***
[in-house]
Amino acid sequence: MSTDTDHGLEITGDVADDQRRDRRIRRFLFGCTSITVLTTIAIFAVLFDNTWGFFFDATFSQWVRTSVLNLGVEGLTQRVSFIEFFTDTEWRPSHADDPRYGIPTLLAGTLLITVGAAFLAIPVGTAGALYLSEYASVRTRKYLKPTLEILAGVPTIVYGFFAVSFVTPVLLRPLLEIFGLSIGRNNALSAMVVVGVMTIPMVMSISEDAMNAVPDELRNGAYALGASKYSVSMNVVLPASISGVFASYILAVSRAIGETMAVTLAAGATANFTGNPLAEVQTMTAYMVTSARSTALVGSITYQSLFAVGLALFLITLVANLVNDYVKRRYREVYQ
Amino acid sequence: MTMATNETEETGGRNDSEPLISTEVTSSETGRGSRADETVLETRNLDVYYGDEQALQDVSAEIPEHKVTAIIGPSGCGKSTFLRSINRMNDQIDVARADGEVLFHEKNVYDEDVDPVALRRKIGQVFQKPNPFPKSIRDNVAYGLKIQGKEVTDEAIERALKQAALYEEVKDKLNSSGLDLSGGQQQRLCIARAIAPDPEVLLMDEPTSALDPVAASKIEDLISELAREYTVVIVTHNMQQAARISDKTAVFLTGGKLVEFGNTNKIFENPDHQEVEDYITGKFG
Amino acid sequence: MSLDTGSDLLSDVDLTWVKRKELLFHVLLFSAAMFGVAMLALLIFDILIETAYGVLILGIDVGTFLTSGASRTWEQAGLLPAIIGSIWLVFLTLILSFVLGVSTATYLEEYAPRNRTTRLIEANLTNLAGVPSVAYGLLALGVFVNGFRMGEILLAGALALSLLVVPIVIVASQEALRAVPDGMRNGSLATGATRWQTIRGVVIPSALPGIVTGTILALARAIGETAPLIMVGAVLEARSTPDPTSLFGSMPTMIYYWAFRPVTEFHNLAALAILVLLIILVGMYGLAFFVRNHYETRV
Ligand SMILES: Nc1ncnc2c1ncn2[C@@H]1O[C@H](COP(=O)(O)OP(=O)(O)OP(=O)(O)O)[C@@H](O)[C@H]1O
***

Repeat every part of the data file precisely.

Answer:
[in-house]
Amino acid sequence: MSTDTDHGLEITGDVADDQRRDRRIRRFLFGCTSITVLTTIAIFAVLFDNTWGFFFDATFSQWVRTSVLNLGVEGLTQRVSFIEFFTDTEWRPSHADDPRYGIPTLLAGTLLITVGAAFLAIPVGTAGALYLSEYASVRTRKYLKPTLEILAGVPTIVYGFFAVSFVTPVLLRPLLEIFGLSIGRNNALSAMVVVGVMTIPMVMSISEDAMNAVPDELRNGAYALGASKYSVSMNVVLPASISGVFASYILAVSRAIGETMAVTLAAGATANFTGNPLAEVQTMTAYMVTSARSTALVGSITYQSLFAVGLALFLITLVANLVNDYVKRRYREVYQ
Amino acid sequence: MTMATNETEETGGRNDSEPLISTEVTSSETGRGSRADETVLETRNLDVYYGDEQALQDVSAEIPEHKVTAIIGPSGCGKSTFLRSINRMNDQIDVARADGEVLFHEKNVYDEDVDPVALRRKIGQVFQKPNPFPKSIRDNVAYGLKIQGKEVTDEAIERALKQAALYEEVKDKLNSSGLDLSGGQQQRLCIARAIAPDPEVLLMDEPTSALDPVAASKIEDLISELAREYTVVIVTHNMQQAARISDKTAVFLTGGKLVEFGNTNKIFENPDHQEVEDYITGKFG
Amino acid sequence: MSLDTGSDLLSDVDLTWVKRKELLFHVLLFSAAMFGVAMLALLIFDILIETAYGVLILGIDVGTFLTSGASRTWEQAGLLPAIIGSIWLVFLTLILSFVLGVSTATYLEEYAPRNRTTRLIEANLTNLAGVPSVAYGLLALGVFVNGFRMGEILLAGALALSLLVVPIVIVASQEALRAVPDGMRNGSLATGATRWQTIRGVVIPSALPGIVTGTILALARAIGETAPLIMVGAVLEARSTPDPTSLFGSMPTMIYYWAFRPVTEFHNLAALAILVLLIILVGMYGLAFFVRNHYETRV
Ligand SMILES: Nc1ncnc2c1ncn2[C@@H]1O[C@H](COP(=O)(O)OP(=O)(O)OP(=O)(O)O)[C@@H](O)[C@H]1O